I’ve certainly had a great time painting illustrations for my children’s book!
Kandu and Toucans Mix Colors in the Magic Meadow illustration link
Little did I know how absorbed I would become in this project! I hadn’t recently pictured myself doing this instead of “grown-up” painting, but I’m finding it is an invigorating challenge and great joy. I’ve always loved and collected children’s books for their imaginative art and colorful pictures. A few times I’ve created cartoon-like, childlike cards and even some small paper books for special events, but just for one-person viewing. Now my grand wish is to have a book that many will enjoy and will use for family time. So I’m pursuing a new possibility, and it’s FUN!
Do you have a dream of doing something that you’ve not yet made time to venture into? Take that first step, and see where it leads you. You may be surprised and delighted at the sense of fulfillment and joy you feel, even just beginning. A first step, after all, is affirmation to yourself that your dream is worthy of pursuing. It may energize you for the second step and you will realize there IS time in your day to explore the possibilities!
Where have I been? I’ve been absorbed in writing a children’s book about color mixing. Illustrating it has been a blast! I’ve used my watercolor painting in new ways. How exhilarating! Here is the cover of the book, with one of the illustrations from the story of Kandu (a toucan) and the Magic Meadow.
Now, off I go to create just a couple more.
What is Impresssionism? You probably are familiar with Claude Monet, one of the most popular and reproduced artists from the beginnings of impressionist painting. The subject matter in his paintings are identifiable, but the fine details are suggested, not painted with laborious little strokes. Impressionism creates a mood, a feeling about the subject matter. Impressionism gives ample room for the viewer’s imagination to fill in the details.
Impressionism is a fun way to go about a painting. It frees up your mind and your hand to try new effects with splashes of color with broader, less defined strokes of the brush. It’s a great way to go about a painting when you just want to relax, and feel playful and adventurous. It works best for me after I’ve worked really hard on a painting and need a break from the concentration. I start the impressionistic project with a feeling of, “Oh what the heck, let’s just see what THIS will do!”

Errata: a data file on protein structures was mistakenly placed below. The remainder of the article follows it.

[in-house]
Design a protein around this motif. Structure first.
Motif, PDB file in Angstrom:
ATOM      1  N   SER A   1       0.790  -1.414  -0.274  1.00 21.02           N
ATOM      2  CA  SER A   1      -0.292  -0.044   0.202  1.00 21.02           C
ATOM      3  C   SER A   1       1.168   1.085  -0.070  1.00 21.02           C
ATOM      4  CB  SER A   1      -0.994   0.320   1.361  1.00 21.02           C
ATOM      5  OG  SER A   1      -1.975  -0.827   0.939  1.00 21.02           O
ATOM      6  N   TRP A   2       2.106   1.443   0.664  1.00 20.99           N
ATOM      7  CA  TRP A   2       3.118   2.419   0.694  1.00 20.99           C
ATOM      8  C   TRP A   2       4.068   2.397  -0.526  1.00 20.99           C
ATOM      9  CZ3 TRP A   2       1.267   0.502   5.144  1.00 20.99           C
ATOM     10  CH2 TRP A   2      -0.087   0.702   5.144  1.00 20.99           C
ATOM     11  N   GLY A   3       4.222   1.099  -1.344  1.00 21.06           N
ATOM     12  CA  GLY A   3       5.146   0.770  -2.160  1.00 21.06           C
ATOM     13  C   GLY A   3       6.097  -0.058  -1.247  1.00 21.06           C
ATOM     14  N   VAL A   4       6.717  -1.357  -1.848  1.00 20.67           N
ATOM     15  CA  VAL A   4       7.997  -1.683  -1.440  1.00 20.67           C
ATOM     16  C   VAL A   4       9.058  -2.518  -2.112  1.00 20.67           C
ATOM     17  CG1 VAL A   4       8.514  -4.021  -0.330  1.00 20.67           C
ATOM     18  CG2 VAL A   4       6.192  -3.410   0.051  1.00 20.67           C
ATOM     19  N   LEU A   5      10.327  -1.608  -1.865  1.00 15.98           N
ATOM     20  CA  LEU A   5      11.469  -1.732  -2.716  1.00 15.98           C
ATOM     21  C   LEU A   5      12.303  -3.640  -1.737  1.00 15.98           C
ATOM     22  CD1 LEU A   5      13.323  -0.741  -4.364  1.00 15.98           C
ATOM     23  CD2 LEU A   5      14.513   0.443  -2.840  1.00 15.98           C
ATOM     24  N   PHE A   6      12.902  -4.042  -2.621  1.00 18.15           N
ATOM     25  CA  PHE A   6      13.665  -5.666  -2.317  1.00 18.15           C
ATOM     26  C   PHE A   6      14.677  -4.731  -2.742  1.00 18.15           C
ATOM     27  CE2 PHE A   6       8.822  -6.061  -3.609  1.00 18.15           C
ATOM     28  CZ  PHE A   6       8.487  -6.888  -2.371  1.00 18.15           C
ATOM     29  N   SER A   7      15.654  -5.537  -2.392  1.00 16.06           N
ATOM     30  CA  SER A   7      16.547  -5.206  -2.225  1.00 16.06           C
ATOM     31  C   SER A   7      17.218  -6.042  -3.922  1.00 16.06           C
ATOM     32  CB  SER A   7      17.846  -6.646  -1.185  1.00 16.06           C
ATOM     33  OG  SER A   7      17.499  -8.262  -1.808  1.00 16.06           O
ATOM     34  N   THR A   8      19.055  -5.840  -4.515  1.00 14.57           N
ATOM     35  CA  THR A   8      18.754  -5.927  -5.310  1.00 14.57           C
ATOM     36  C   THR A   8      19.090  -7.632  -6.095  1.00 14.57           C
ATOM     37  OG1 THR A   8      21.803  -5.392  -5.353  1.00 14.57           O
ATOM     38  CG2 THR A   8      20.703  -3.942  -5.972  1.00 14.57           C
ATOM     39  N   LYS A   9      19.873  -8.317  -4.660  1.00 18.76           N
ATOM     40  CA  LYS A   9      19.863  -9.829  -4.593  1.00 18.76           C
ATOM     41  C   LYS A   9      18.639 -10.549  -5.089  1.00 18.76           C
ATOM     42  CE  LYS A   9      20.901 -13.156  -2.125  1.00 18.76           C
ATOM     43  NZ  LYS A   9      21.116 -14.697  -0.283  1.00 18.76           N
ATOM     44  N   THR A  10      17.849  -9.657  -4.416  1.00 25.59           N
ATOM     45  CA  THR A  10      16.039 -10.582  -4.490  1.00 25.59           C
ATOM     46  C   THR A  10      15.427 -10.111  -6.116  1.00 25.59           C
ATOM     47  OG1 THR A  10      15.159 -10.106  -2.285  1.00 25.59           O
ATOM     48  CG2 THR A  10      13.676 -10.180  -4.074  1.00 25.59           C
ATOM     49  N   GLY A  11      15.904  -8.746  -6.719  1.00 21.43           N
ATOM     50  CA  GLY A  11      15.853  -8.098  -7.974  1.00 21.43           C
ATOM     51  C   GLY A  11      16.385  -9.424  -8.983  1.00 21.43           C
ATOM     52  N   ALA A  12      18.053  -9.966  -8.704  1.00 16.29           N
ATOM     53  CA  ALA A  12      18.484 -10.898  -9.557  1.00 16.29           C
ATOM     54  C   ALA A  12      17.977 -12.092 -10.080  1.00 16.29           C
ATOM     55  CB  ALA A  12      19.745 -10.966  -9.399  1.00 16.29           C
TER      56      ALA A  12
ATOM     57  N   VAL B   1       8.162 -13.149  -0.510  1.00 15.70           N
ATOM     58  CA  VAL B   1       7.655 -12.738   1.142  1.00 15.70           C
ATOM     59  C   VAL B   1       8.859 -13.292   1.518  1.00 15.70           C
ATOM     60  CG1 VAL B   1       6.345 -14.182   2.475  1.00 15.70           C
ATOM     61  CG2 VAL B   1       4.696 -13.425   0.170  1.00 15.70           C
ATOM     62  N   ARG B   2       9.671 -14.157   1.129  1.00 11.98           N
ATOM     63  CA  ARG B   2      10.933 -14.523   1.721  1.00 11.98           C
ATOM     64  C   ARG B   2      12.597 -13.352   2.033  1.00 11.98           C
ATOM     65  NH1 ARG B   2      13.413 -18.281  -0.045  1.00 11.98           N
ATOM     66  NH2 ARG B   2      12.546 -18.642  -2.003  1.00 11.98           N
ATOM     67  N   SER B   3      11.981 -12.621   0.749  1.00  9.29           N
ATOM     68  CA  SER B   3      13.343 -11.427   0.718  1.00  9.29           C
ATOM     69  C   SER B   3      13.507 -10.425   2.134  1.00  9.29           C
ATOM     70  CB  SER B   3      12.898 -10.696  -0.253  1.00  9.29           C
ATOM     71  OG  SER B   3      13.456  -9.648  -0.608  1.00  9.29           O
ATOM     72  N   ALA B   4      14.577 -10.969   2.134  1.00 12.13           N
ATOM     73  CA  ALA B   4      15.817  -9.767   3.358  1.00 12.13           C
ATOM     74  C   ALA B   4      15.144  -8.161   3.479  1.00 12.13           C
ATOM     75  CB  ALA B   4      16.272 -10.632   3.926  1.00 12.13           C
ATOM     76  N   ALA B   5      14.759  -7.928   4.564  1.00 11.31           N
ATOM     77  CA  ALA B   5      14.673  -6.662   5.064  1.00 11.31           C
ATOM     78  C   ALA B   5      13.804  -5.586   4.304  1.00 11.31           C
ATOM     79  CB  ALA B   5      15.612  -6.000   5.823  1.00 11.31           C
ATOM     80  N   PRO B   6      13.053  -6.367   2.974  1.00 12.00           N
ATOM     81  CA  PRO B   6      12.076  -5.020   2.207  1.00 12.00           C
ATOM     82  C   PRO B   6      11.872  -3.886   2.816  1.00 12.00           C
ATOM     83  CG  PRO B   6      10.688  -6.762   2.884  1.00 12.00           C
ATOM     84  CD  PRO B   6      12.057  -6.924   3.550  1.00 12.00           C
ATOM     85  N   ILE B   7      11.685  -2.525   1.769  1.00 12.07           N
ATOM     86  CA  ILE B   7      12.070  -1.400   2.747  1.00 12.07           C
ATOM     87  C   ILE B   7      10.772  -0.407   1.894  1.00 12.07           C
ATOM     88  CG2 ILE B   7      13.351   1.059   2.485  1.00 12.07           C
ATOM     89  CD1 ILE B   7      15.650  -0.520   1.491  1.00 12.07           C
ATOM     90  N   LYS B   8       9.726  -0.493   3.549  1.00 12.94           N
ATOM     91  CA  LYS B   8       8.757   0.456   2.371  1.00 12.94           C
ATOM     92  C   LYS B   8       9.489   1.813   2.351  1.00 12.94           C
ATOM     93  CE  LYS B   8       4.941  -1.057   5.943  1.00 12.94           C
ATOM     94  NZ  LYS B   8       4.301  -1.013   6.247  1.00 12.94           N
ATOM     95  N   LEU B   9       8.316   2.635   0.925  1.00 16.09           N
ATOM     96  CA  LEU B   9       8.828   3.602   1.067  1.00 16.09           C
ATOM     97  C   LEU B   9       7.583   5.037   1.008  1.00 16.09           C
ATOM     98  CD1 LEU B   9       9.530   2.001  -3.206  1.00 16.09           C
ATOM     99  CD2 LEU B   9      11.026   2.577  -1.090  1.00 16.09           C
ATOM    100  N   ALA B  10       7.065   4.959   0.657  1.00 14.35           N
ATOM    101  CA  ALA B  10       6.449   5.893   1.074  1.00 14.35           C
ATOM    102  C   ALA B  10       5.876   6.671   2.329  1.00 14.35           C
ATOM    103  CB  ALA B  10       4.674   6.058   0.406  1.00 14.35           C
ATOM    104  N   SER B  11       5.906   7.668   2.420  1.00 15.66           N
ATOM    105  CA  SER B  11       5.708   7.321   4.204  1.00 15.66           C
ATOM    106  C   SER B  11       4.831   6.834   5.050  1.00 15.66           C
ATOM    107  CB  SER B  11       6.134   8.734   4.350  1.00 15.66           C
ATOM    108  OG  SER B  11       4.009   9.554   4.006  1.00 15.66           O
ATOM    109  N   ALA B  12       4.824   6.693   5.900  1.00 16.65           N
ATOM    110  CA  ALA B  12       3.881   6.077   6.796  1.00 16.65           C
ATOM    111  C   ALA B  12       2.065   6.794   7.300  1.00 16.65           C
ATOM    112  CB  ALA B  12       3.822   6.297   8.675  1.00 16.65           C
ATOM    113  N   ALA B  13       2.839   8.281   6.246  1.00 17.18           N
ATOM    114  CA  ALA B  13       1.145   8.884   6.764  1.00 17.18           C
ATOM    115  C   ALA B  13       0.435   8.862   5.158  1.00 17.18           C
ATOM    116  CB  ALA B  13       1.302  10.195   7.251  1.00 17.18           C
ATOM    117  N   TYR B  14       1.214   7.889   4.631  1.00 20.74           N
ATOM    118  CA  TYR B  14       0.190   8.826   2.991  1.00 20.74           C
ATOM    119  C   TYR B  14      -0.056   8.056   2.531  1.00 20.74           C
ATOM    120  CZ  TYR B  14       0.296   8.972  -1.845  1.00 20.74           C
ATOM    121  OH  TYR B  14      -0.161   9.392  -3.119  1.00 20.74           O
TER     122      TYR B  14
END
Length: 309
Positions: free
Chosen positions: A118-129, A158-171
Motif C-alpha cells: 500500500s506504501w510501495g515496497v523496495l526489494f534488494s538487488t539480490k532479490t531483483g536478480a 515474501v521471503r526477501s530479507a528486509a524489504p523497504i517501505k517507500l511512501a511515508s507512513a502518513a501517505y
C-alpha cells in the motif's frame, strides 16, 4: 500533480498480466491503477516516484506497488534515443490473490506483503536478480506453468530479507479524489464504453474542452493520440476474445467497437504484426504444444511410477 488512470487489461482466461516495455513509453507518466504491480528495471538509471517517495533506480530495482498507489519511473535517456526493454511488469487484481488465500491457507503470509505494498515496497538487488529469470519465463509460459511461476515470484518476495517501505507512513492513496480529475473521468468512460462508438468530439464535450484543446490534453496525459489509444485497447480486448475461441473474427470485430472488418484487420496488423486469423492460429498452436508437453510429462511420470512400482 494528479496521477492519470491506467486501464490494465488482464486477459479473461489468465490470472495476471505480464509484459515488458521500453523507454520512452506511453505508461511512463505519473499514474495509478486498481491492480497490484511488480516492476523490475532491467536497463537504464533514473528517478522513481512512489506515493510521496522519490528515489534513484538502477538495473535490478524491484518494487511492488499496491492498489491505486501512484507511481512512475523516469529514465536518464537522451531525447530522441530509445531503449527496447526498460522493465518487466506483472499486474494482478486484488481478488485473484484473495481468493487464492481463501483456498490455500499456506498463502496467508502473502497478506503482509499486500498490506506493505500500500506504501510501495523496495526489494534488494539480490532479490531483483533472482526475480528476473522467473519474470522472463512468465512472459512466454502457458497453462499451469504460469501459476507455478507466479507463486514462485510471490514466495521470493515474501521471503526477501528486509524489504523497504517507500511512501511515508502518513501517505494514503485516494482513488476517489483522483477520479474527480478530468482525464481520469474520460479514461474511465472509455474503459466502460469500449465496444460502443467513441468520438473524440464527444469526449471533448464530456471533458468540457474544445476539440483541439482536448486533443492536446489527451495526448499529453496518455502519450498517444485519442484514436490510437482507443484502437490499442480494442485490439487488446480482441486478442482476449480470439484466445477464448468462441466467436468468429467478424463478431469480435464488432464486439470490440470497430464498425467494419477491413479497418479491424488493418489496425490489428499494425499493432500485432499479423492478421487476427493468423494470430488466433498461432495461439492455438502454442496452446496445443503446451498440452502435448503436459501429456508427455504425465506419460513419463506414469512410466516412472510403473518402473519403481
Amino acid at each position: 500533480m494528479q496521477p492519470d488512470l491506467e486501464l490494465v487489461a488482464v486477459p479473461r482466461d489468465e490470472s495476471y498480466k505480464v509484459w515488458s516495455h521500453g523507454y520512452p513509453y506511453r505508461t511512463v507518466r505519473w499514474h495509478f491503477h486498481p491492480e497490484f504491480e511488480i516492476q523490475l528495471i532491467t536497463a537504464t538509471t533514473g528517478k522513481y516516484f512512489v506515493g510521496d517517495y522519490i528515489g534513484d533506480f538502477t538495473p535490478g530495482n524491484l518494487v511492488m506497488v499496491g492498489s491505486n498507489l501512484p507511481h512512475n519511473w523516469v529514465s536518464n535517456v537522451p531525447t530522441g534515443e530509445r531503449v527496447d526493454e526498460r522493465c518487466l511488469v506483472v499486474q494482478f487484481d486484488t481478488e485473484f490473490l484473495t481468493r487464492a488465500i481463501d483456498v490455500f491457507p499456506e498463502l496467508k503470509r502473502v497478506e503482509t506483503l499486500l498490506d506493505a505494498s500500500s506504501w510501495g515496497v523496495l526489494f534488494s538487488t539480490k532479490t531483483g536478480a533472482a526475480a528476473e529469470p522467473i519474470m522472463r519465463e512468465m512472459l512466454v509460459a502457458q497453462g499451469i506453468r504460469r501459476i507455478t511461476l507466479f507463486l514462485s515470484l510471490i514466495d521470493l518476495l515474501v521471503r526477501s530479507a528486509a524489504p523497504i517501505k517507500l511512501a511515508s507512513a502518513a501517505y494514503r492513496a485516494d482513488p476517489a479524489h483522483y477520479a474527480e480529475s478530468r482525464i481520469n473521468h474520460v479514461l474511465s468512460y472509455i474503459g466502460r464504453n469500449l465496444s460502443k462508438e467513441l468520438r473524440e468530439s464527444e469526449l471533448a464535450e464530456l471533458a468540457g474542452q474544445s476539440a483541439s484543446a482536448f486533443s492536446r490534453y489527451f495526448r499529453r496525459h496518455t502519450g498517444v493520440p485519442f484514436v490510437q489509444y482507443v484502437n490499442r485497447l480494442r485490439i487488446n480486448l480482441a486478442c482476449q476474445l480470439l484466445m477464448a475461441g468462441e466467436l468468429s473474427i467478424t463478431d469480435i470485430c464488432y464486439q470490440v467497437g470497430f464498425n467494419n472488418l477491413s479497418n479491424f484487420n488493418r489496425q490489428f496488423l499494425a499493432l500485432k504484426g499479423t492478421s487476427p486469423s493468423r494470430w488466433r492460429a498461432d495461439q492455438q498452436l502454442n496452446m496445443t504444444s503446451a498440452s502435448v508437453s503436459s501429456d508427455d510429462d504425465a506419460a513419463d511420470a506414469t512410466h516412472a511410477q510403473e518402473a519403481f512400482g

That’s when the fun begins. No expectations. No audience. I’m painting just for the fun of discovery and adventure. I paint MY mood, MY feelings, using MY colors, whatever is in my imagination. Anything goes!
I’m always happy with the result, because I’ve expressed myself and have had fun doing it. It will never hang in The Louvre, but for my own personal experience and expression, it is just as important as any artwork that does!
What is Abstract Art Anyway?
Abstract, as opposed to representational or realistic type art, is the most free-form variety of colors, textures, media, shapes, composition! It’s fun to view and even more fun to create! Like any other style of art, your preferences will influence which pieces you call “art” and which you wrinkle your nose at! I’ve wrinkled my nose and furrowed my brow at abstract art that doesn’t strike my fancy. You probably have, too. However, other pieces capture my imagination and draw me into the painting as I feast on the colors and try to guess what the artist was thinking or feeling when he or she created it.
There are oodles of examples of abstract art all around us. Look into the center of a flower. Notice the bands and sweeps of color in the sunset sky. Look into a microscope. Look into a telescope. Abstract art surrounds us whether as tiny as an amoeba or as majestic as the Northern Lights. Get up close and eliminate the bigger picture to find abstract art in a small space by using a one-inch square cut out of paper, a tiny window. Changing shapes of shadows are a great source of abstract inspiration, too.
The fun of painting abstractly is the spontaneity of reacting to the colors and happenings on your watercolor paper, or canvas, without the over-hanging dread of “what if this doesn’t come out looking like a…. (fill in the blank!)” It is totally relaxing because it is done without having to create something in an exacting way. It’s creating with the freedom of enjoying the colors, angles, shapes that appear on the paper or canvas. It can almost take on a life of its own.
Play with it. Have fun! Can you guess what either of these two photos is?
(Find answer, if you’re stumped.)